A battle inside Congress and the Executive branch over the right of patients to choose care from the types of practitioners they prefer is erupting inside the Beltway.
At stake is the meaning and potential revocation of "non-discrimination in health care," Section 2706 of the Affordable Care Act. The requirement is due to become law in January 2014.
Congress and the Executive, in the form of the US Health and Human Services, are sparring over congressional intent. Now seven medical specialties have backed H.R. 2817 to entirely gut the non-discrimination section.
A key dimension to Section 2706 is patient access to covered services from licensed doctors of chiropractic, practitioners of acupuncture and Oriental medicine, naturopathic physicians, massage therapists, and to home births via non-nurse, certified professional midwives.
The potential for medical doctors to offer integrative medicine and health strategies in which a patient has access to covered services of licensed integrative health practitioners is also on the line.
U.S. Senator Tom Harkin (D-Iowa), the key sponsor of the non-discrimination section, was urged to include this language by the Integrative Healthcare Policy Consortium (IHPC) and the American Chiropractic Association. Each represents integrative health professions typically red-lined out of appropriate insurance coverage.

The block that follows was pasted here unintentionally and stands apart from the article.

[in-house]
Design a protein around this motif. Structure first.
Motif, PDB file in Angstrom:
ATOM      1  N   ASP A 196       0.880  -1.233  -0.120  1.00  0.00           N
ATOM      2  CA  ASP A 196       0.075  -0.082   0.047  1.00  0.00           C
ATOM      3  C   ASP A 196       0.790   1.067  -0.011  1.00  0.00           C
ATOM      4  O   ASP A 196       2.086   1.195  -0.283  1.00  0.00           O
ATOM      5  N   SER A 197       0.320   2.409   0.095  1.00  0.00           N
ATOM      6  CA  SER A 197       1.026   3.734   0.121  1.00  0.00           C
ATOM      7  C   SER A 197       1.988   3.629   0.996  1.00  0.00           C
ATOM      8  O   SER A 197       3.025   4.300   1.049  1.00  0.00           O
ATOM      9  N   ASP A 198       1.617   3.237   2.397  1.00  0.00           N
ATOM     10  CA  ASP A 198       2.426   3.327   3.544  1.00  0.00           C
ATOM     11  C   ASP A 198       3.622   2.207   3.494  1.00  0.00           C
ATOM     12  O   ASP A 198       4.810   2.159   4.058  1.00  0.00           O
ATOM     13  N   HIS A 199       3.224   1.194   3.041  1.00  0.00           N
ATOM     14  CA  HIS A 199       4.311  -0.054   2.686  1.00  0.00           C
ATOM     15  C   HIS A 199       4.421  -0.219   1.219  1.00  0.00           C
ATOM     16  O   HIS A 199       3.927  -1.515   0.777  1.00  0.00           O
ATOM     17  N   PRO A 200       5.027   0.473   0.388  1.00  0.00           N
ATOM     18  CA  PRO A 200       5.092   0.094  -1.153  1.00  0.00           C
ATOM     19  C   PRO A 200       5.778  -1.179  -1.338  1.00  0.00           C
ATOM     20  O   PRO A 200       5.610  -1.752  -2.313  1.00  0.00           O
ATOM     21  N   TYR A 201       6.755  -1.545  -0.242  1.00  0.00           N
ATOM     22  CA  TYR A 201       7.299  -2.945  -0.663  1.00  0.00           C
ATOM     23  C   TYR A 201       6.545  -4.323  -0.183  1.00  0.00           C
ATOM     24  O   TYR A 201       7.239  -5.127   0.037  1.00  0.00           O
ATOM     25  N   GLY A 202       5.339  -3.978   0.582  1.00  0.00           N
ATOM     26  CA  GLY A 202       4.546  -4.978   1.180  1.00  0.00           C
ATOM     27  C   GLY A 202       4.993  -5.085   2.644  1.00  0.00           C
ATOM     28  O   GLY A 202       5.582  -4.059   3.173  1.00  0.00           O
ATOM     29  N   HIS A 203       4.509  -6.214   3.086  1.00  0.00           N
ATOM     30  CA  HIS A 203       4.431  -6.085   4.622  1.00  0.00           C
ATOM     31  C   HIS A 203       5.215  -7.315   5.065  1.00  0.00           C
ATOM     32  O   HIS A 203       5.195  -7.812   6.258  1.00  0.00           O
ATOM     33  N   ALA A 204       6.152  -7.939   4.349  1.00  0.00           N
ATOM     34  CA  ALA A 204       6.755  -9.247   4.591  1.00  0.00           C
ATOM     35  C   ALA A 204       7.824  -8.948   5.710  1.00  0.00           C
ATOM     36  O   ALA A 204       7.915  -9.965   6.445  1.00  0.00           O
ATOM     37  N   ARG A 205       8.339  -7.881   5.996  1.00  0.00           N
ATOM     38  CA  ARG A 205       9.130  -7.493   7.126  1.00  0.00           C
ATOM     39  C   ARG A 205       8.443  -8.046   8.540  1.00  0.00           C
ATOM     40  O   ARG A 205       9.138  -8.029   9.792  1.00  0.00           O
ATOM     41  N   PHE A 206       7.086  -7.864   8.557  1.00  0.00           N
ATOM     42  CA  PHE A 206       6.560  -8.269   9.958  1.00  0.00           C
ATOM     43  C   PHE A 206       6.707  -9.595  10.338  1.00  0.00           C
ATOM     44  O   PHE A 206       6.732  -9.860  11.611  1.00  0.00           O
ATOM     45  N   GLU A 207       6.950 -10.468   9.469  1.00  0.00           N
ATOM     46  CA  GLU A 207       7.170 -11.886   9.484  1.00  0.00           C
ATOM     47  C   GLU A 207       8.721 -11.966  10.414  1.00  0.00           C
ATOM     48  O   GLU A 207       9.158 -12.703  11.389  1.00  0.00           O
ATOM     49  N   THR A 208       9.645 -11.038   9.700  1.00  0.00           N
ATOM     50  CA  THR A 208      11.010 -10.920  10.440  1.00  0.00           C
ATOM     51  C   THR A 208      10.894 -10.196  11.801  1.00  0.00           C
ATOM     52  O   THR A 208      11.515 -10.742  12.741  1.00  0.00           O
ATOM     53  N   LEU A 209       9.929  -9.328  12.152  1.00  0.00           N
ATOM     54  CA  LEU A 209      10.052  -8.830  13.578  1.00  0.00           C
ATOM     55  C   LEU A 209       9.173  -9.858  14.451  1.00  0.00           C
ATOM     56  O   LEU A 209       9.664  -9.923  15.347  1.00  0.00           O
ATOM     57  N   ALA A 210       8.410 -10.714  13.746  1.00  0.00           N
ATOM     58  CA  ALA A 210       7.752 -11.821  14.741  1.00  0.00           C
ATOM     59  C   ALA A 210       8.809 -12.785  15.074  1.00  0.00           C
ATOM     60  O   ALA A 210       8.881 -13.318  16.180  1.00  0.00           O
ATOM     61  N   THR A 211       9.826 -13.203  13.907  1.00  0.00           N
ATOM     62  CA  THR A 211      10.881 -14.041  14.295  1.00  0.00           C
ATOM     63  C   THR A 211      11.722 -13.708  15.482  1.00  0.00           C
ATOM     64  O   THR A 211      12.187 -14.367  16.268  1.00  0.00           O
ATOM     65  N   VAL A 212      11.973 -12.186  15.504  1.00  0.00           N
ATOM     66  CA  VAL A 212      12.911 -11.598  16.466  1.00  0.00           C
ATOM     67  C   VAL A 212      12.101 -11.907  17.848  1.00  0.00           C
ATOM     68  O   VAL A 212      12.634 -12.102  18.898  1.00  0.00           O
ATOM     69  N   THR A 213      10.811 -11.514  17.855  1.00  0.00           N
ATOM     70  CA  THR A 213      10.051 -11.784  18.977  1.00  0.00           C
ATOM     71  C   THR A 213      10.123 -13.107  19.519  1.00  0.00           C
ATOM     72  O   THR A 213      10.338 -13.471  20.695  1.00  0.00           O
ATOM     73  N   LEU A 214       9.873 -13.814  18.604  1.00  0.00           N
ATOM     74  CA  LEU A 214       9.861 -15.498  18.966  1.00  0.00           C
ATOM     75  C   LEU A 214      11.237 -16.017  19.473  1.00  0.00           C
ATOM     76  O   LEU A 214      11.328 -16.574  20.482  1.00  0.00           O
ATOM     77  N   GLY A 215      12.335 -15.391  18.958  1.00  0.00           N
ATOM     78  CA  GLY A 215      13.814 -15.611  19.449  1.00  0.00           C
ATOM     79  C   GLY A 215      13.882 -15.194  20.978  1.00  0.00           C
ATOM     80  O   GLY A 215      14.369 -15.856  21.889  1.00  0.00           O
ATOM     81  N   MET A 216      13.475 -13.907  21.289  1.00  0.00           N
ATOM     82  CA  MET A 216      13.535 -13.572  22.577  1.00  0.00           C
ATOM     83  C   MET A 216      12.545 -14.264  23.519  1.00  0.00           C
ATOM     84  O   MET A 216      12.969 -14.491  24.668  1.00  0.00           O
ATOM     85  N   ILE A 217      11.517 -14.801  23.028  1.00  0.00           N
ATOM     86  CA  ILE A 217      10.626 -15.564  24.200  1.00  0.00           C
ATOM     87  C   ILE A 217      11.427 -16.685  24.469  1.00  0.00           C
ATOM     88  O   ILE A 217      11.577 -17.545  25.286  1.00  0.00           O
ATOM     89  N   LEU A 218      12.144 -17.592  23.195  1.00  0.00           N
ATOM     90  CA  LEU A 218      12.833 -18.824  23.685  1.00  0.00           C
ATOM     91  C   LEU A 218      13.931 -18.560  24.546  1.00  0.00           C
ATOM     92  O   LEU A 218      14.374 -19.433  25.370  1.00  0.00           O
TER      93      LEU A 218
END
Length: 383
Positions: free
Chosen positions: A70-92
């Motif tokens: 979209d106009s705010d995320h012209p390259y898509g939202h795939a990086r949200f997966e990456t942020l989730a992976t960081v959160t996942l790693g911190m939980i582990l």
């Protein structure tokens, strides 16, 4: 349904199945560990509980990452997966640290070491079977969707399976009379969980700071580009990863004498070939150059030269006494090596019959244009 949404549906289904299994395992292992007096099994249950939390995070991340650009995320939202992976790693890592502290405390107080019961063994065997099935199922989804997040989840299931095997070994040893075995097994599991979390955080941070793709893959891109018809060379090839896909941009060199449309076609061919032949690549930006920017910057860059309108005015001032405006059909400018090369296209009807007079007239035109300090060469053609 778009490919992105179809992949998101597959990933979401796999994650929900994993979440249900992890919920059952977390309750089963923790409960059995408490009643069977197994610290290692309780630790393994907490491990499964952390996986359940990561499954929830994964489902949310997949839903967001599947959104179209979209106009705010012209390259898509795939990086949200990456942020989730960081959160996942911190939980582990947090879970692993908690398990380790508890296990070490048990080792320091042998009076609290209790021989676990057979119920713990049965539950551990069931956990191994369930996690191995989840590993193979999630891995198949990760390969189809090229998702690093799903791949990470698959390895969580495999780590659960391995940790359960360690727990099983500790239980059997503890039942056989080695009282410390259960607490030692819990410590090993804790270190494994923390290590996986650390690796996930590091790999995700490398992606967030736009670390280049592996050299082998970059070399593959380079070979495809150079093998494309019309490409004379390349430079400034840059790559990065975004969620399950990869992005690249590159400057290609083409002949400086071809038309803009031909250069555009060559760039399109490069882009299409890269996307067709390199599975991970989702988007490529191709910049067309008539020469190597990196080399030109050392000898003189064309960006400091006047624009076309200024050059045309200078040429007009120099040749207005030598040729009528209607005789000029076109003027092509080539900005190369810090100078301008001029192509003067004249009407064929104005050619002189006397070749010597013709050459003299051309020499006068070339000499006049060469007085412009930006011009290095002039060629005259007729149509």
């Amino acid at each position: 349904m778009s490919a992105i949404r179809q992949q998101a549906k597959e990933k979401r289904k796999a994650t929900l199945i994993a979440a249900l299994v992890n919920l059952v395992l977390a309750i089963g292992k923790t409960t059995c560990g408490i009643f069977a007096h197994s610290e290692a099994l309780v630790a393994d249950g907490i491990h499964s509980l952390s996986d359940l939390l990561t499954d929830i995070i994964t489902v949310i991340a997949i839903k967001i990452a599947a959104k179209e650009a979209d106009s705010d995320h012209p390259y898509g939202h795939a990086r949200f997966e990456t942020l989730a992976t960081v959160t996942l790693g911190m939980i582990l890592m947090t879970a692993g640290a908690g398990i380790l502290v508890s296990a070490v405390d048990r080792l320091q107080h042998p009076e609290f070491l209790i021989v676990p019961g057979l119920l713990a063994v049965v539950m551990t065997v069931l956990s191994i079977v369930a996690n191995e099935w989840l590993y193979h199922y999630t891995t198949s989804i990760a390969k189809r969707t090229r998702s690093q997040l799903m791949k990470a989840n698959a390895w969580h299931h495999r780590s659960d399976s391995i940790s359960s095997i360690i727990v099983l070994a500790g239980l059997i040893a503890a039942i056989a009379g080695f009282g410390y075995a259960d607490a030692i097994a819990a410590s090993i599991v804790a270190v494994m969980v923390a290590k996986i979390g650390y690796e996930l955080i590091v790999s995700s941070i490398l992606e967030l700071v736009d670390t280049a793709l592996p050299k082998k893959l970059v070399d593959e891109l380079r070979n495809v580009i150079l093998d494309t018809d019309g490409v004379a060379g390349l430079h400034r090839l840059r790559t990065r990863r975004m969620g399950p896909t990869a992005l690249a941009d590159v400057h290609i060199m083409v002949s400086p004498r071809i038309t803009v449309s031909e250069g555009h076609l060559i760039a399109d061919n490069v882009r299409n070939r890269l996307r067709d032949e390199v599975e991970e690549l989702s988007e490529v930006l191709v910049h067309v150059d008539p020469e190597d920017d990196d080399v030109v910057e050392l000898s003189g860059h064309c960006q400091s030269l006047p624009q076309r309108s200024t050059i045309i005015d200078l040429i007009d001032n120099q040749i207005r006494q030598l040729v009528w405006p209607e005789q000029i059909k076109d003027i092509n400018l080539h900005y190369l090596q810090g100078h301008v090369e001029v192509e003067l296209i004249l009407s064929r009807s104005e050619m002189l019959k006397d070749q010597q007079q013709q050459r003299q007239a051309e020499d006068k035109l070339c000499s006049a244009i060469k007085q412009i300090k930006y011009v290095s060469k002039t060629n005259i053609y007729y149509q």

Another profession to whose lobbying Harkin and his colleagues were responsive was the optometrists. These eye-care specialists were concerned with the exclusionary practices of their competitors, the M.D. ophthalmologists.
The "non-discrimination" section would help level the playing field in the Affordable Care Act era.
The first touch came as integrative health and medicine activists, such as IHPC, began witnessing the general disregard of the non-discrimination clause in much state action to meet the Affordable Care Act's requirements. (Some of this wariness was captured in this blog on The Huffington Post: "Non-Discrimination: A 'Big Honking Lawsuit' to Advance Integrative Medicine and Health?")